Rather, she writes about violence from the perspective of its victims: How can we point to the eucharistic bread and say “this is my body” as long as women’s bodies are battered, raped, sterilized, mutilated, prostituted, and used to male ends?…As in the past so still today men fight their wars on the battlefields of our bodies, making us the targets of their physical or spiritual violence. Therefore, the ekklsia of women must reclaim women’s bodies as the “image and body of Christ.” It must denounce all violence against women as sacrilege and maintain women’s moral power and accountability to decide our own spiritual welfare, one that encompasses body and soul, heart and womb.286
what are we to say about the Catholic military chaplain who administered mass to the Catholic bomber pilot who dropped the atomic bomb on Nagasaki in 1945? Father George Zabelka, chaplain for the Hiroshima and Nagasaki bomb squadrons, later came to repent of his complicity in the bombing of civilians, but his account of that time is a stunning judgment on the church’s acquiescence in violence. To fail to speak to the utter moral corruption of the mass destruction of civilians was to fail as a Christian and as a priest as 1 see it…. I was there, and I’ll tell you that the operational moral atmosphere in the church in relation to mass bombing of enemy civilians was totally indifferent, silent, and corrupt at best—at worst it was religiously supportive of these activities by blessing those who did them…. Catholics dropped the A-bomb on top of the largest and first Catholic city in Japan. One would have thought that I, as a Catholic priest, would have spoken out against the atomic bombing of nuns. (Three orders of Catholic sisters were destroyed in Nagasaki that day.) One would have thought that I would have suggested that as a minimal standard of Catholic morality, Catholics shouldn’t bomb Catholic children. I didn’t. I, like the Catholic pilot of the Nagasaki plane, “The Great Artiste,” was heir to a Christianity that had for seventeen hundred years engaged in revenge, murder, torture, the pursuit of power, and prerogative violence, all in the name of our Lord. I walked through the ruins of Nagasaki right after the war and visited the place where once stood the Urakami Cathedral. I picked up a piece of censer from the rubble. When I look at it today I pray God forgives us for how we have distorted Christ’s teaching and destroyed his world by the distortion of that teaching. I was the Catholic chaplain who was there when this grotesque process that began with Constantine reached its lowest point—so far.4 It is difficult to read such accounts without recalling the story of Jesus’ weeping over Jerusalem, because “the things that make for peace” were hidden from their eyes (Luke 19:41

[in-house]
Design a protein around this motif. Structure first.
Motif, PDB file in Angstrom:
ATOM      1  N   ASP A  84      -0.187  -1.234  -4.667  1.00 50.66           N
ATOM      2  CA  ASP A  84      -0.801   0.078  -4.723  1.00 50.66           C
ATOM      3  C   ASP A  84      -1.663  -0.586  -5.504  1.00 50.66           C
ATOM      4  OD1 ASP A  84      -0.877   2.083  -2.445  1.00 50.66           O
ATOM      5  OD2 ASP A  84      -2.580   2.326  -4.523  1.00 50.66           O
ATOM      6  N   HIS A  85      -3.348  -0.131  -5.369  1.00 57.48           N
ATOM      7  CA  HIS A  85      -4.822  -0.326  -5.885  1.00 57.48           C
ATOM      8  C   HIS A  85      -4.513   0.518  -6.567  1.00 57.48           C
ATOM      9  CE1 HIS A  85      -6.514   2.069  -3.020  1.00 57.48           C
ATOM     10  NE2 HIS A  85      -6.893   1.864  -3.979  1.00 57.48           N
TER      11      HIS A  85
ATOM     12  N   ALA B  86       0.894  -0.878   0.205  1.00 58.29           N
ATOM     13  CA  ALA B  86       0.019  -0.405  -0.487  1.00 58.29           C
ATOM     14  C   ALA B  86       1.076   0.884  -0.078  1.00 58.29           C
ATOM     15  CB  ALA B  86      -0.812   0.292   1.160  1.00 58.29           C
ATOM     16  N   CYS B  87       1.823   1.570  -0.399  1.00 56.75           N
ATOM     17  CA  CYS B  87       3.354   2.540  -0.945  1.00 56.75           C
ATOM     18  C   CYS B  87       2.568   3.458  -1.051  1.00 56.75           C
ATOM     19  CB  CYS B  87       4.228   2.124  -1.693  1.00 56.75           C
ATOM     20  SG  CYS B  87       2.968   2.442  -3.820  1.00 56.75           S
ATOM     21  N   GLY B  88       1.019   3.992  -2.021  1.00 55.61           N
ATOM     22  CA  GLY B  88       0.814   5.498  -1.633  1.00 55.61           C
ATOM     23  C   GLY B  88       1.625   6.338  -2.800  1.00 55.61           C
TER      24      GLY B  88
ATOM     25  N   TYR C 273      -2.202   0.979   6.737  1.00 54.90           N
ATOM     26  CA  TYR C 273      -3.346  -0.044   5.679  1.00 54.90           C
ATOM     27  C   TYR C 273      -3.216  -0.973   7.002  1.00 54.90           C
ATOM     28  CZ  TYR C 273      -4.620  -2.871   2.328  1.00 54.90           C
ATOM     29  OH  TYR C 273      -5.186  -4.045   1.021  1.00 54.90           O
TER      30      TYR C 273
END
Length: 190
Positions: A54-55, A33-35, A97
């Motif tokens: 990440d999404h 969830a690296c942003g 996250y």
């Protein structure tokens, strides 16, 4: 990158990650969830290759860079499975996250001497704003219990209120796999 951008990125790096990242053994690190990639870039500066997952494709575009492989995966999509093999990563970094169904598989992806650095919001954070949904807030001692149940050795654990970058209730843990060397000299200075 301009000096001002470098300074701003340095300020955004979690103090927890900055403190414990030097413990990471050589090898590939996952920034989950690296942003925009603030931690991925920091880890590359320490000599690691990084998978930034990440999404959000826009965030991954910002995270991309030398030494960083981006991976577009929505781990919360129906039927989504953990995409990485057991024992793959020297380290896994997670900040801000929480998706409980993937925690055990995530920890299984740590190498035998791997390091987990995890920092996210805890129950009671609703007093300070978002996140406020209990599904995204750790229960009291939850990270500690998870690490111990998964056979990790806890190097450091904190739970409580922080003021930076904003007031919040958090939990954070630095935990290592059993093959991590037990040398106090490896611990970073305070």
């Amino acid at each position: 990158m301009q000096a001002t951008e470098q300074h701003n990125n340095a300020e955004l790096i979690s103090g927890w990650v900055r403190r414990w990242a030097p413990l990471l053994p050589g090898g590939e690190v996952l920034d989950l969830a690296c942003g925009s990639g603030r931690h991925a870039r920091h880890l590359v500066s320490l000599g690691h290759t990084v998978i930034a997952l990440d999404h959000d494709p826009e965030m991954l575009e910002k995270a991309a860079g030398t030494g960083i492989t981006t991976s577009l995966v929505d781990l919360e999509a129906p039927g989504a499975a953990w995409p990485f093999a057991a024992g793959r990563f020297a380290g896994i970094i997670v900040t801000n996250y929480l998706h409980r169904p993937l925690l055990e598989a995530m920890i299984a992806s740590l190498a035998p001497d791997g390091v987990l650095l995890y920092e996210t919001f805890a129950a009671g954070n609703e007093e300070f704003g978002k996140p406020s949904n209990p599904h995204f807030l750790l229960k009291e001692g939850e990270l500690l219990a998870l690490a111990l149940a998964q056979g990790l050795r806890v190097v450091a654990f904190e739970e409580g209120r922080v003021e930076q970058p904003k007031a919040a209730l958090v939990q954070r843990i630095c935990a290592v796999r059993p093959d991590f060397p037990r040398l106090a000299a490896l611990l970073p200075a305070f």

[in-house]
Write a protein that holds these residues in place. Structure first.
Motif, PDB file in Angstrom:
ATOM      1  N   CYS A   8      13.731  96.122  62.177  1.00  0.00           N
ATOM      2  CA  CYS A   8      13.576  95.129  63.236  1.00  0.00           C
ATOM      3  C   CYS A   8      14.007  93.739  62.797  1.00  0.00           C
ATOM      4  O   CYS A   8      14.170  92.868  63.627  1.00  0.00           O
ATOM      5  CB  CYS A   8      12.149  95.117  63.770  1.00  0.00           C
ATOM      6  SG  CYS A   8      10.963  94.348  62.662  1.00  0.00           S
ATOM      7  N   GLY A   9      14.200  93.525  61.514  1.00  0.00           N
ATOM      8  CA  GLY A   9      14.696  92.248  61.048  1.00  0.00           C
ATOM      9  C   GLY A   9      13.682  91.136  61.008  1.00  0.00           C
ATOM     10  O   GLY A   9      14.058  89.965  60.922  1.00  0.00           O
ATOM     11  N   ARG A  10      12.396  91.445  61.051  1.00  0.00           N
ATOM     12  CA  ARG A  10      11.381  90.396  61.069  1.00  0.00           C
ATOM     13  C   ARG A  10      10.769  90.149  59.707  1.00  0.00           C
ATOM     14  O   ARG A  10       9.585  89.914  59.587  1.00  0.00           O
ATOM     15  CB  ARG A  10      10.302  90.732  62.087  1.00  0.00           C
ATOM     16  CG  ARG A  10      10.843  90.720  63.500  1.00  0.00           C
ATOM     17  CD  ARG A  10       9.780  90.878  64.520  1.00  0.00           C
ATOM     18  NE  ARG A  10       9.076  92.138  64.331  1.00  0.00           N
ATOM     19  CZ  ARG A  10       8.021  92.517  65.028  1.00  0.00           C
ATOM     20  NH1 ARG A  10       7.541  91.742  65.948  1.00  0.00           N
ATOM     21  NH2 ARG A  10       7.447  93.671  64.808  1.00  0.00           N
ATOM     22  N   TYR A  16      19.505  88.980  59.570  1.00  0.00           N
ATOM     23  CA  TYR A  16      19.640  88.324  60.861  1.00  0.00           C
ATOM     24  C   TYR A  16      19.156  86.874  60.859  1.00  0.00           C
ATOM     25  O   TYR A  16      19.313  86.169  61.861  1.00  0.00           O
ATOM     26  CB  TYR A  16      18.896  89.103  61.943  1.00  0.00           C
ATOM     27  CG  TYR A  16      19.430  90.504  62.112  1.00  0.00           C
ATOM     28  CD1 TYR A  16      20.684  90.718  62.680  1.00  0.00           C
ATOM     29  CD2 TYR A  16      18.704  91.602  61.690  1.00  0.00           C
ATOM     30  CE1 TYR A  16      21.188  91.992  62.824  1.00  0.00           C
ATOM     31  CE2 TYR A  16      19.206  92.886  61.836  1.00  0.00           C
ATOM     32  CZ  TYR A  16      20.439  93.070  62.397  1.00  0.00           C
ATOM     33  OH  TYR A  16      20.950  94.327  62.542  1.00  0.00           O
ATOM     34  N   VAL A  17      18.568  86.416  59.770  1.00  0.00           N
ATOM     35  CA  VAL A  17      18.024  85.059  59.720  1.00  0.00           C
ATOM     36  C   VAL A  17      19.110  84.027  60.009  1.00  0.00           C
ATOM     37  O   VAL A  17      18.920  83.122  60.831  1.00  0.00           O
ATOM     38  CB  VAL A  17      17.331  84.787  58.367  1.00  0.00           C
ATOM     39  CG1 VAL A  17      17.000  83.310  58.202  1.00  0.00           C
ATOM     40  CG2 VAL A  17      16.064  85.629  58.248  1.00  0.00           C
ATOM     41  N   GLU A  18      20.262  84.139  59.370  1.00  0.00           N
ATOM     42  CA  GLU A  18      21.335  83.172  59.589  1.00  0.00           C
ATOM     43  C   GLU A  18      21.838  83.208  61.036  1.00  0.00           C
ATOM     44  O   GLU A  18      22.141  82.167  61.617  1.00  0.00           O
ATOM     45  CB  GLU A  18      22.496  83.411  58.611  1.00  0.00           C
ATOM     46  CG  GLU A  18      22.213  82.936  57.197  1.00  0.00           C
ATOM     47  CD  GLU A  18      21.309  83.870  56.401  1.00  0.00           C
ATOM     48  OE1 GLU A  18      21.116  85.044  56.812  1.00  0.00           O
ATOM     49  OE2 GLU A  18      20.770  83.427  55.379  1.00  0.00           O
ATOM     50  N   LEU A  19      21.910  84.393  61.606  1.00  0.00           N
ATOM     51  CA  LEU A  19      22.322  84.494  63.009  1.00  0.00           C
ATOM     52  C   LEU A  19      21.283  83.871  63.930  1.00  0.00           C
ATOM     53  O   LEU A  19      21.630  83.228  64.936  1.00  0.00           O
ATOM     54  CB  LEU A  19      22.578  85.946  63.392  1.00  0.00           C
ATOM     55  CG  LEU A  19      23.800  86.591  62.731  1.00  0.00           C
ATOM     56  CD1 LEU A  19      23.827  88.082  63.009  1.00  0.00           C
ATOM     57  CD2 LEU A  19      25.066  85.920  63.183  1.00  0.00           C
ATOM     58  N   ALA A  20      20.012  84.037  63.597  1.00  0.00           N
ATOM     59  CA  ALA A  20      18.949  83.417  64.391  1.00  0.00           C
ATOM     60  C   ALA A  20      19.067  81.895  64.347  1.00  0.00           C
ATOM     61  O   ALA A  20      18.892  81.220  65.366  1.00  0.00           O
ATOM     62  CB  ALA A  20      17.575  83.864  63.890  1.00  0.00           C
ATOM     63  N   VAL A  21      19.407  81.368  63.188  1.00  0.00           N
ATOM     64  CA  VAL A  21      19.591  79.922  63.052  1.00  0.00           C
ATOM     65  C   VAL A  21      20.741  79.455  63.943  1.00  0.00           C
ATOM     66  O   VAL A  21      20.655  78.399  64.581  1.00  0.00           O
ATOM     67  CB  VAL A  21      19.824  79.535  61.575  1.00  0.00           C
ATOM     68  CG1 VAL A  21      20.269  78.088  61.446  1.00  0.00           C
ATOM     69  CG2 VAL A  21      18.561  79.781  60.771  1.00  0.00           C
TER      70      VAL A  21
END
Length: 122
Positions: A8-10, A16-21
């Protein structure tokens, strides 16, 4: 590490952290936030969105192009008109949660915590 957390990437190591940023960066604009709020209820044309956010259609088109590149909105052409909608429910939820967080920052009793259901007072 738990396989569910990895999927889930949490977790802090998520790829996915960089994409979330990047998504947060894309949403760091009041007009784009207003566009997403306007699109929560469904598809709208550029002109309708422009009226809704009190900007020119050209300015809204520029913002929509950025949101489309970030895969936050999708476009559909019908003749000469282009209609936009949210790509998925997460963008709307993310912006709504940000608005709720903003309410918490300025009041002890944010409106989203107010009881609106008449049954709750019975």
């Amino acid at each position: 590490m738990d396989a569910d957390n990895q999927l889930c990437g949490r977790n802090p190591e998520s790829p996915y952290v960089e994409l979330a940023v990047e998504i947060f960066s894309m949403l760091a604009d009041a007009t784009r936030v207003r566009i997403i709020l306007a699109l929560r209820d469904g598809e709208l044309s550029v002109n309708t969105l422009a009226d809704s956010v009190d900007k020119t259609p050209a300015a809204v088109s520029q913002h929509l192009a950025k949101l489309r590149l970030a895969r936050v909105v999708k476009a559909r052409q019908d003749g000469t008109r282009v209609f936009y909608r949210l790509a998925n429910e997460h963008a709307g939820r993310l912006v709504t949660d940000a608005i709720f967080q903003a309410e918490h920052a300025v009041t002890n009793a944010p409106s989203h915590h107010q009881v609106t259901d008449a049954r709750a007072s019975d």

the New Testament contains no passages that clearly articulate a rule against homosexual practices. The Leviticus texts, of course, bluntly and explicitly prohibit male homosexual acts in a rule form. Paul, as we have seen, presupposes this prohibition—indeed, there may be an allusion in Romans 1:32 to Leviticus 20:13, with its prescription of the death penalty for a man who “lies with a male as with a woman”—but he neither repeats it explicitly nor issues any new rules on the subject. Consequently, if New Testament texts are to function normatively in the mode in which they speak, no direct appeal to Romans 1 as a source for rules about sexual conduct is possible. Similarly, 1 Corinthians 6:9–11 states no rule to govern the conduct of Christians; rather, it declares that they have already been transferred from an old life of sin to a new life of belonging to Jesus Christ. In other words, it presents a descriptive account of the new symbolic world within which discernments about Christian conduct are to be made (see further on this below).
Thus, metaphors reshape perception. For example, when the Gospel of John presents Jesus as saying, “I am the living bread that came down from heaven” (John 6:51a), the message jolts his hearers, who are looking for him to play the role of Moses by providing them with miraculous bread to eat (6:30–31). Jesus’ striking response refuses the identification with Moses and posits instead a metaphorical conjunction between himself and the manna that fed the Israelites in the wilderness. The metaphor quickly takes a gruesome turn when Jesus goes on to say, “[T]he bread that I will give for the life of the world is my flesh,” and affirms that “those who eat my flesh and drink my blood have eternal life” (6:51b, 54a). At one level, the metaphorical shock induces the reader to confront the scandal of John’s claim that “the Word became flesh.” (Indeed, the statement that the Word became flesh strikingly illustrates the power of metaphor to “mutilate our world of meanings” and create a new framework for perception.)13 On another level, the metaphor leads the reader to make the imaginative connection between the Exodus story and the church’s Eucharist, with the flesh of Jesus as the startling common term. The hearer of such a metaphor is confronted by two options. We can take offense at this jarring conjunction of images, as did those disciples who went away murmuring, “This teaching is difficult; who can accept it?” (John 6:60). Or, alternatively, we can “understand” the metaphor. To “understand” it, however, is to stand under its authority, to allow our life and perception of reality to be changed in light of the “ontological flash”14 created by the metaphorical conjunction, so that we confess with Peter, “Lord, to whom [else] can we go? You have the words of eternal life” (6:68).